Researchers identify new protein linked to leukaemia growth
Uncontrolled growth of cells is one of the hallmarks of cancer. In acute myeloid leukaemia, abnormal white blood cells accumulate in the bone marrow, blocking production of normal red and white blood cells.
All blood cells are derived from so-called haematopoietic stem cells, but there are certain molecules – phosphoinositides – that appear to control potential conversion of these stem cells into cancerous leukaemic cells. Some of these phosphoinositides switch on specific cell signalling pathways, resulting in rapid growth and enhanced survival.
Regulation of these phosphoinositides (PIs) is carried out by a variety of proteins – known as PI modulators. Now researchers based at the Cancer Research UK Manchester Institute at The University of Manchester – part of the Manchester Cancer Research Centre – have explored the role of a variety of these genes to see which PI modulators have a key role in leukaemia.
Dr Tim Somervaille, who led the research, said: "Little is known about the role of PI modulators in leukaemia. We wanted to find out which ones were responsible for cell growth or survival in acute myeloid leukaemia."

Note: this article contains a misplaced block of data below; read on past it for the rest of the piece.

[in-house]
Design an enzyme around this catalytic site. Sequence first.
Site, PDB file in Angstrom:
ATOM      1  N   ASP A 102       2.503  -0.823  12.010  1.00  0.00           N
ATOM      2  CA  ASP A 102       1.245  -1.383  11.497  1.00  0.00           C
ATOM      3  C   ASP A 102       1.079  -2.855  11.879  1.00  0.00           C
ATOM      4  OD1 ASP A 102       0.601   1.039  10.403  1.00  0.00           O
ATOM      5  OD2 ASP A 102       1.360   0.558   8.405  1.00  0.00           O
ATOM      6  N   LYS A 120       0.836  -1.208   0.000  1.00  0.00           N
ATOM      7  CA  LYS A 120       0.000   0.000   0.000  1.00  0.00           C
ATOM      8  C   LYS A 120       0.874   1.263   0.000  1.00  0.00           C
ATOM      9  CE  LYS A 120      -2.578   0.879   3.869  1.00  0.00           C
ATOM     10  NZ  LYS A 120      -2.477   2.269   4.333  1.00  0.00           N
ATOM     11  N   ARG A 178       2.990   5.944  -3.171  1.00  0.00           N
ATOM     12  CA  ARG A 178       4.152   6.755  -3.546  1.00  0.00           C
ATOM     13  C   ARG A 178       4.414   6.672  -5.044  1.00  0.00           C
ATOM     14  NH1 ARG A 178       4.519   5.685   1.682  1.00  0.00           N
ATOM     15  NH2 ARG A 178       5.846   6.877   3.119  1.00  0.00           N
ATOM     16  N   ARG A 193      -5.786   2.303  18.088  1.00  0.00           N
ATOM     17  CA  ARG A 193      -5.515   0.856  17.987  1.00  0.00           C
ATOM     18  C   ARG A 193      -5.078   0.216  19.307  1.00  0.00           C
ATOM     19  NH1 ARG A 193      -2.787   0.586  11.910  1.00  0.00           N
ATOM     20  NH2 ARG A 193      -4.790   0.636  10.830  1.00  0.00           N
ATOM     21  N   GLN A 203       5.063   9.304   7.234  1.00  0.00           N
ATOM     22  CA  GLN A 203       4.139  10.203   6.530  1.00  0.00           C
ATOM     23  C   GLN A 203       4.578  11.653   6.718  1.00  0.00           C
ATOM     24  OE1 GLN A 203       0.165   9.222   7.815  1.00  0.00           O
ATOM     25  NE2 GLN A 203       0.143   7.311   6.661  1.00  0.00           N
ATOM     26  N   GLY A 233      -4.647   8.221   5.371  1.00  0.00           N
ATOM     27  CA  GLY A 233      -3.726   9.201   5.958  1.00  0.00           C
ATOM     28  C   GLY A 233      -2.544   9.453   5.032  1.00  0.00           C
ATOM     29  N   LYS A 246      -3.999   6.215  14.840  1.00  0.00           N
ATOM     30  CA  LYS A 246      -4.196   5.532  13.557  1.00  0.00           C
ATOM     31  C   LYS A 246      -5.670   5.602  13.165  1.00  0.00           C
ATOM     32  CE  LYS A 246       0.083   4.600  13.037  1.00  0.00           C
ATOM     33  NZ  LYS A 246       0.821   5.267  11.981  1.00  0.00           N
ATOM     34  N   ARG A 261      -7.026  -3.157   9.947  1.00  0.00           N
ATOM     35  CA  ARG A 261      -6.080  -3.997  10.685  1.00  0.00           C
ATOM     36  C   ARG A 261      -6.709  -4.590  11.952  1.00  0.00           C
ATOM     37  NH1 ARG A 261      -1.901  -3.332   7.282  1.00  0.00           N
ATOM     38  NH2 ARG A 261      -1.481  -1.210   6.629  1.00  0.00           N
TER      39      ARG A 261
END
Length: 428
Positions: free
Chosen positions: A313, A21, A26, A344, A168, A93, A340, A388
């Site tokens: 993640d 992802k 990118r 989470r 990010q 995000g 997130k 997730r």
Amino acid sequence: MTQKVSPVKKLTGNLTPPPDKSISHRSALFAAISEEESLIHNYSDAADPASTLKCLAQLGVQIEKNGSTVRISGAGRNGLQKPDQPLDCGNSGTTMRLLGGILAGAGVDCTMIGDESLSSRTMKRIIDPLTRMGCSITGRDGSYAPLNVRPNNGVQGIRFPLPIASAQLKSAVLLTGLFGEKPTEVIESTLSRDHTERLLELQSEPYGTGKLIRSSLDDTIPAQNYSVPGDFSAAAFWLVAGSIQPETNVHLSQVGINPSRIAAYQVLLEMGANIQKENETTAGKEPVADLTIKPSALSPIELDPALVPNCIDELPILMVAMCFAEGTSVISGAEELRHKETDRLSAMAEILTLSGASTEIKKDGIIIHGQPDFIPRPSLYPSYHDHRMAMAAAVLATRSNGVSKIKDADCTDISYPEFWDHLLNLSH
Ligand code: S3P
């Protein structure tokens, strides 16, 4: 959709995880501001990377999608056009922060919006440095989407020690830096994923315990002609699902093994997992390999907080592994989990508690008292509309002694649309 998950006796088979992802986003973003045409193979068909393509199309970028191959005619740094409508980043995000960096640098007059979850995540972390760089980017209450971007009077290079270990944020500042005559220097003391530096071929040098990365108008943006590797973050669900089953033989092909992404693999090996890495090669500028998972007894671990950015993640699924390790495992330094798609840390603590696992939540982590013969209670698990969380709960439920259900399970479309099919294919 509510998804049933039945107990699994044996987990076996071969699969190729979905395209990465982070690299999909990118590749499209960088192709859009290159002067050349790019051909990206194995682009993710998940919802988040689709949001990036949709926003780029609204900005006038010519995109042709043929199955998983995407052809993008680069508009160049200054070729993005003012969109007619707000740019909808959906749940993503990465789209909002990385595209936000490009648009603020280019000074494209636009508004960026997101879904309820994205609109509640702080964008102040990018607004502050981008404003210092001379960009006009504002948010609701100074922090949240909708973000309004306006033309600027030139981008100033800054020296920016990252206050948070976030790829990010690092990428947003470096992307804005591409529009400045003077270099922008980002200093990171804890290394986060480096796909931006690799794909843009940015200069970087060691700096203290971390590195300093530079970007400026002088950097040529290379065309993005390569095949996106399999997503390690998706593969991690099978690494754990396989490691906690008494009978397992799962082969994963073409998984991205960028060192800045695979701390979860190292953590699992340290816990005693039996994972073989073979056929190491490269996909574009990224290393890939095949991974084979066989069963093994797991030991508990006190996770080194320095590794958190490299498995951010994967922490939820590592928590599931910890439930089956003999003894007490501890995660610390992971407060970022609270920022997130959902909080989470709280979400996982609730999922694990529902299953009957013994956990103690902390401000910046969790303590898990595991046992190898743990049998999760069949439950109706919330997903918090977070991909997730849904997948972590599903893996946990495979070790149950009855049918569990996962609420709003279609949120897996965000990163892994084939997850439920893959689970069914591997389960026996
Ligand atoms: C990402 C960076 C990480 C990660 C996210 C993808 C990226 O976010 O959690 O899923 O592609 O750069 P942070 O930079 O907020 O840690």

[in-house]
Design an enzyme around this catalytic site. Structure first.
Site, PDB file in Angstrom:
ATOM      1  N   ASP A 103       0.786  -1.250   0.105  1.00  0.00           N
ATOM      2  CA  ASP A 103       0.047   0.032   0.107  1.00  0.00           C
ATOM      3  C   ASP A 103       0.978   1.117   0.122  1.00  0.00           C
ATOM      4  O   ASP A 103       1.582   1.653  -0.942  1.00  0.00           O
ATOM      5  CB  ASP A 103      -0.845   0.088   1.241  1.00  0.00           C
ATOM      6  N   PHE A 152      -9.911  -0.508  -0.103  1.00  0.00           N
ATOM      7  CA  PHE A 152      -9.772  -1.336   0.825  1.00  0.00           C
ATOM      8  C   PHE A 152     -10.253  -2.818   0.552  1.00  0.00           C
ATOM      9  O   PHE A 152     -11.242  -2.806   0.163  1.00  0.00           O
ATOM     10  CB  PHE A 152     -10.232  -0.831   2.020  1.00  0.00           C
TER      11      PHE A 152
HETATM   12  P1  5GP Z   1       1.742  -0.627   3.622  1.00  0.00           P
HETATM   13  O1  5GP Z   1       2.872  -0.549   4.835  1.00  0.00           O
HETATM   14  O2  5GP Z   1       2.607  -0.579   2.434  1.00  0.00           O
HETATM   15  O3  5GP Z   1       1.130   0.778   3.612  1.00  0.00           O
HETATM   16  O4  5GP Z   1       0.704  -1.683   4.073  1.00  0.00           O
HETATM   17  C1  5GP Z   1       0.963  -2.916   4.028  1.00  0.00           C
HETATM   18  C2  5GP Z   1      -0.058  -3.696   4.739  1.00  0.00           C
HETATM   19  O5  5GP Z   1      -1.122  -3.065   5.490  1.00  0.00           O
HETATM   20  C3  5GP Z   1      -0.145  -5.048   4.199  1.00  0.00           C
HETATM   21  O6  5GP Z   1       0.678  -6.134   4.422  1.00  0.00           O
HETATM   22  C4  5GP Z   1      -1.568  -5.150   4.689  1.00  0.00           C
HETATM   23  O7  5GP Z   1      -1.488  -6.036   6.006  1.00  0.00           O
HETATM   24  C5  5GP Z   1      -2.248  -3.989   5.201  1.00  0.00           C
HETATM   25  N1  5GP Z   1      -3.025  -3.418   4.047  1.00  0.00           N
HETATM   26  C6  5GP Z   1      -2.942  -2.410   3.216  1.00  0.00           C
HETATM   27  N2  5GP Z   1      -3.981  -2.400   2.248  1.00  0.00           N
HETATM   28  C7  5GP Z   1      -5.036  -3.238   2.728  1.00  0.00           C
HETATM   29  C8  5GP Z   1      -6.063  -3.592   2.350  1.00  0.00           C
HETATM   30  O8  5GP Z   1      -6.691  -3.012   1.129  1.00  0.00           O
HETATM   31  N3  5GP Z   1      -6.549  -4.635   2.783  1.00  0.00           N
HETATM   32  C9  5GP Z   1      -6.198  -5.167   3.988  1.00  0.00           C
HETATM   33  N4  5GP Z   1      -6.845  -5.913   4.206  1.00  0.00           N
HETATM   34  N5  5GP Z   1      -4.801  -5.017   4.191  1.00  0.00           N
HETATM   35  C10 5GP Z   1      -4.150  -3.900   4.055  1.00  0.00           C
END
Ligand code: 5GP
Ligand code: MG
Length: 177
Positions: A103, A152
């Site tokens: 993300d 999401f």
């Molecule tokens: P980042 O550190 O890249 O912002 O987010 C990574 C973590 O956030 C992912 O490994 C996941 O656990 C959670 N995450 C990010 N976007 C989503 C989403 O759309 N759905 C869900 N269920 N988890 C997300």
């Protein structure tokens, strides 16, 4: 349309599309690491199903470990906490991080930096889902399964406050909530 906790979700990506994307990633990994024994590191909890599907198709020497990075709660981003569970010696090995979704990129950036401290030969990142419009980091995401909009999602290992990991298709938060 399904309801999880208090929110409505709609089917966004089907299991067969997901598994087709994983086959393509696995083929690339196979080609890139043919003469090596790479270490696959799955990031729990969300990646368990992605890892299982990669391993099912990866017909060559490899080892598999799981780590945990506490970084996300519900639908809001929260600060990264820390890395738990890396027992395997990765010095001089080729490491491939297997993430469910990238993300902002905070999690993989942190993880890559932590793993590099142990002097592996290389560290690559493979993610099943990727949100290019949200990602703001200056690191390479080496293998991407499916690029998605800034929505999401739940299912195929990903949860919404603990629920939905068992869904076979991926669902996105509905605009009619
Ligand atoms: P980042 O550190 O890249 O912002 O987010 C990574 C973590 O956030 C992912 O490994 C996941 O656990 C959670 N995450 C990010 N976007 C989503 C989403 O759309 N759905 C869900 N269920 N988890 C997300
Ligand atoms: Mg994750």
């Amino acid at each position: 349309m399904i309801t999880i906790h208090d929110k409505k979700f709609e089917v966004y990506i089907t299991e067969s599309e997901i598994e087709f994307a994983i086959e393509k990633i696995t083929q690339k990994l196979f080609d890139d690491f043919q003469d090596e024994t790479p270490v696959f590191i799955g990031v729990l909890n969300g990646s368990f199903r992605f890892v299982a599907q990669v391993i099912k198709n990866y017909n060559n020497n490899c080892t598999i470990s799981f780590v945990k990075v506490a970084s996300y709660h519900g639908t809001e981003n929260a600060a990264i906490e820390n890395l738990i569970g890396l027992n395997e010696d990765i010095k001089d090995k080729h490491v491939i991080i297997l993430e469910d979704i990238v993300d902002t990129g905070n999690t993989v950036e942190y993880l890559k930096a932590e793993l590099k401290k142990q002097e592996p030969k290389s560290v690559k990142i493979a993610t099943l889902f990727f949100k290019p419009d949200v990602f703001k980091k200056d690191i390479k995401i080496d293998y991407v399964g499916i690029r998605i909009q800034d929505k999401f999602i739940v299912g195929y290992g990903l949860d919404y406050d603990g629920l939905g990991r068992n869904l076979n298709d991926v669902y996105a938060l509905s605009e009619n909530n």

The group looked at human acute myeloid leukaemia cells and switched off individual genes in a process known as targeted knockdown.
They found that one PI modulator, a protein known as PIP4K2A, was essential for the growth of leukaemia cells – both those grown in the lab and those from patient samples. When this protein was switched off, the leukaemia cells died.
"Developing new treatments for cancer is based on a better understanding of what makes cancer cells grow and thrive so that we can deprive them of something essential for their survival. Importantly, in normal cells, knockdown of the PIP4K2A protein had no adverse effect – this makes it an ideal target for future drug development in leukaemia," added Dr Somervaille.